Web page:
Pleural effusion


Pleural effusion is extra fluid around the lung. This often causes shortness of breath as the lung gets compressed from the fluid. The reasons for effusion are many, and the specific diagnosis is often based upon tap or drainage of the fluid.


The pleura is a thin membrane that lines the surface of the lungs and the chest wall outside the lungs. With pleural effusion, fluid collects in the space between the layers of pleura. Usually a teaspoon amount of fluid is found in the pleural space, which lets the lungs expand and contract during the breathing process. There are a number of conditions that can cause pleural effusion, including:

  • Cancer
  • Congestive heart failure
  • End-stage renal disease
  • Liver disease
  • Lupus and other autoimmune conditions
  • Nephrotic syndrome
  • Pneumonia
  • Pulmonary embolism

Excess fluids may collect because the body cannot handle the fluid properly. It may also be caused by inflammation, such as in pneumonia, autoimmune disease, and many other conditions.


  • Chest pain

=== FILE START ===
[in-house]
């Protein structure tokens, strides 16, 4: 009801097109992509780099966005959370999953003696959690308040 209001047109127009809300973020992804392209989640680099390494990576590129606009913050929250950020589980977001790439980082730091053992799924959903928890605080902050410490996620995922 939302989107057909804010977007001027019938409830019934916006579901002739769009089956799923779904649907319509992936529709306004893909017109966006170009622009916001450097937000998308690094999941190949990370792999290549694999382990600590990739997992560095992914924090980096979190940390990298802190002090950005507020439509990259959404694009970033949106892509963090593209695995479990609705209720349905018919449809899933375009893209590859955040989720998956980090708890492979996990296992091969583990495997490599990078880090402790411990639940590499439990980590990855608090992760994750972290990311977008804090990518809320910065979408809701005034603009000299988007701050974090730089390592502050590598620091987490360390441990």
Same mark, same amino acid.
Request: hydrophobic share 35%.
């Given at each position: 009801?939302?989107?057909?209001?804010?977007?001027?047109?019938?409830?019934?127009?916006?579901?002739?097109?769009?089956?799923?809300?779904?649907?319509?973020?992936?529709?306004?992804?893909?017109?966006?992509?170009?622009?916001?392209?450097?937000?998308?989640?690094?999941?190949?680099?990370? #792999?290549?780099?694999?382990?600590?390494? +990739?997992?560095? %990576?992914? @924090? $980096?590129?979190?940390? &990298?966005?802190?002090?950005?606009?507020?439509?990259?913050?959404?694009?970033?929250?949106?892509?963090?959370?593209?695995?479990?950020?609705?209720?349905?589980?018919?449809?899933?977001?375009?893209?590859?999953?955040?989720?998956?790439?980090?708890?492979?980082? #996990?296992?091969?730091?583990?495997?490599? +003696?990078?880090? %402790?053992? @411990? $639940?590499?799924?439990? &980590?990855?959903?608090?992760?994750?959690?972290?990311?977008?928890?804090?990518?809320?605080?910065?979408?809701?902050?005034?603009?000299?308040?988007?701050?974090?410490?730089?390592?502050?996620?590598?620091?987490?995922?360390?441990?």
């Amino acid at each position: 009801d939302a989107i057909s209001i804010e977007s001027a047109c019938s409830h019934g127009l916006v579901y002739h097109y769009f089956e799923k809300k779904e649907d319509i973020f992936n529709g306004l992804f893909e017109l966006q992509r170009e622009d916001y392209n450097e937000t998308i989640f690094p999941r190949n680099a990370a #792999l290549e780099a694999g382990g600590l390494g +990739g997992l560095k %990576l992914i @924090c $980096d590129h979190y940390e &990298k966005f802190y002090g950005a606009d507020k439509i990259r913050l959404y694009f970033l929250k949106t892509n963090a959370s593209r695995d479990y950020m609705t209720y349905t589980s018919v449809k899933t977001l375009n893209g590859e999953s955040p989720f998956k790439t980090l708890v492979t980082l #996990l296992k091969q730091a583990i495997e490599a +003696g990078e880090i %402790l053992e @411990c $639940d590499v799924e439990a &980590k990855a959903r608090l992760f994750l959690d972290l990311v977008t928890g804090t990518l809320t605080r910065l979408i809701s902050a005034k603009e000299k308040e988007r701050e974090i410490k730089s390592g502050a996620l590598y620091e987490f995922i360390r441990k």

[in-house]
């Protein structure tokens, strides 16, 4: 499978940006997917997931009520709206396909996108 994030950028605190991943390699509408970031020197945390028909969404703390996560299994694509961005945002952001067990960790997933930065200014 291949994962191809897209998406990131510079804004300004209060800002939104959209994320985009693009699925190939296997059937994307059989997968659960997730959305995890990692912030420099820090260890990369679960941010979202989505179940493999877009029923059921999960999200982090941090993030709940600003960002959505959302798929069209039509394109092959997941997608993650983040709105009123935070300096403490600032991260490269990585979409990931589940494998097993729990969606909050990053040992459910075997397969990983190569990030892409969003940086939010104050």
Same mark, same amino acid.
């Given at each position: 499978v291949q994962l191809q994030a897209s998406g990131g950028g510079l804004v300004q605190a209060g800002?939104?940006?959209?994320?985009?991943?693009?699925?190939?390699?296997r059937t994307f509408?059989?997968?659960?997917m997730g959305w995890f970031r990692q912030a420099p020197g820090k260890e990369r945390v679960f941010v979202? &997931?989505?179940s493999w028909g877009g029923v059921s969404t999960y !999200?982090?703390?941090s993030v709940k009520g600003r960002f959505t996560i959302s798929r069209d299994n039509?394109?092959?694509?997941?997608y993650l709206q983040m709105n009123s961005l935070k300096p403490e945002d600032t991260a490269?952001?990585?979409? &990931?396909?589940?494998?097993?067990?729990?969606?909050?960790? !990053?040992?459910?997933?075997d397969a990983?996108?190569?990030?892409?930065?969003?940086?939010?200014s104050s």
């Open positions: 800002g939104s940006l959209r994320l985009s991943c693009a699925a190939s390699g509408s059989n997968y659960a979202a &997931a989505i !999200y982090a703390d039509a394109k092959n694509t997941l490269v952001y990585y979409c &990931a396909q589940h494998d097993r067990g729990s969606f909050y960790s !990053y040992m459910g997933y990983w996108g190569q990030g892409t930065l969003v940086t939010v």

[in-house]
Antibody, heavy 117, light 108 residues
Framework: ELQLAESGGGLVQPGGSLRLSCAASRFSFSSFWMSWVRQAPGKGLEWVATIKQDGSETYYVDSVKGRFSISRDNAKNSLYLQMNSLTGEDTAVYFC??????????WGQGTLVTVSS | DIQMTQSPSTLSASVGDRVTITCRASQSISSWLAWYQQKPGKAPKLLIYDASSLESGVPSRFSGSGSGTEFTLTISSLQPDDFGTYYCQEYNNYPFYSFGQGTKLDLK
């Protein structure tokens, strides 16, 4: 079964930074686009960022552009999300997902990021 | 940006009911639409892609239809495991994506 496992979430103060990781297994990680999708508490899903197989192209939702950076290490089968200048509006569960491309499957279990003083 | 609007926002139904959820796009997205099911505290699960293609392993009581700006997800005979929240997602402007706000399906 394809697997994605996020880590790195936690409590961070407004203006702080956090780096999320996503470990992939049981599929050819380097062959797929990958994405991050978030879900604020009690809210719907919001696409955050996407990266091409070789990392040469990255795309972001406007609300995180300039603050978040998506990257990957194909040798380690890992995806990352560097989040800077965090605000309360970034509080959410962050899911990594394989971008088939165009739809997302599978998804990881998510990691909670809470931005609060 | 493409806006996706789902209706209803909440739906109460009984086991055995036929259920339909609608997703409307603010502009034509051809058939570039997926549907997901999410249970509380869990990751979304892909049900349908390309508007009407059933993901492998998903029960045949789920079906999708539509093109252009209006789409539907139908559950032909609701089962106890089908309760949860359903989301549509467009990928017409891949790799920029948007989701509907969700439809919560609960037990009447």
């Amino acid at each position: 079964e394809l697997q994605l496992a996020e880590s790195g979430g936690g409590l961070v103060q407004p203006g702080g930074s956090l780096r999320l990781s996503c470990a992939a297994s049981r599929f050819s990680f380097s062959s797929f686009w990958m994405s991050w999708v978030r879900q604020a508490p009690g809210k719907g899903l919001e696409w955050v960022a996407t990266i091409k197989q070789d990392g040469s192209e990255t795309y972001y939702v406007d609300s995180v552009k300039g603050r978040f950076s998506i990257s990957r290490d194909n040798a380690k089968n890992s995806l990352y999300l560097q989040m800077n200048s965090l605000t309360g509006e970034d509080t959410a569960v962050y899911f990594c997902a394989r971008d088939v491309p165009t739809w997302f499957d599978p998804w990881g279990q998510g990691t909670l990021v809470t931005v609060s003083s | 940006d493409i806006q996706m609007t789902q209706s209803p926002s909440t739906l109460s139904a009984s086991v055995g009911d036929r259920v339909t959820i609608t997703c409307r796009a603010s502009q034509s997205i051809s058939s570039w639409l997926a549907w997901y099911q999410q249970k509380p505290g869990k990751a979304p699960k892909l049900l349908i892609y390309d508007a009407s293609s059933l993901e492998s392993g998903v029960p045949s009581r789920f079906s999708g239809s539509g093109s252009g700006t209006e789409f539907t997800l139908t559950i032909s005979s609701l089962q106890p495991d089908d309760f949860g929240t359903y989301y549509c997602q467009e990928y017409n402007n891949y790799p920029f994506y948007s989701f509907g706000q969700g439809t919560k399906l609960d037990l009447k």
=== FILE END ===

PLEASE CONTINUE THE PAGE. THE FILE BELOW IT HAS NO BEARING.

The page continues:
• Cough
  • Fever
  • Shortness of breath

Our approach

Surgical treatment of pleural effusion may include chest tube drainage or surgery to drain and examine the chest cavity. The treatment is often done with a video camera and small incisions between the ribs. Options for treatment of the effusion are multiple and are chosen based upon the patient’s condition.


The goal of treatment is to remove the fluid, prevent future fluid buildup and determine and treat the original cause of the fluid buildup. There are many treatment options, chosen based on the patient’s condition.

Treatment may include surgery to drain and examine the chest cavity, which is done by inserting a tiny video camera through small incisions made between the ribs. Removing the fluid (thoracentesis) is done if a lot of fluid is present and causing chest pressure, shortness of breath or other breathing problems such as a low oxygen level. Removing the fluid allows the lungs to expand, making breathing easier.

Other options are:

  • Chemotherapy
  • Putting medication into the chest to prevent a return of fluid buildup again after drainage
  • Radiation therapy
  • Surgery

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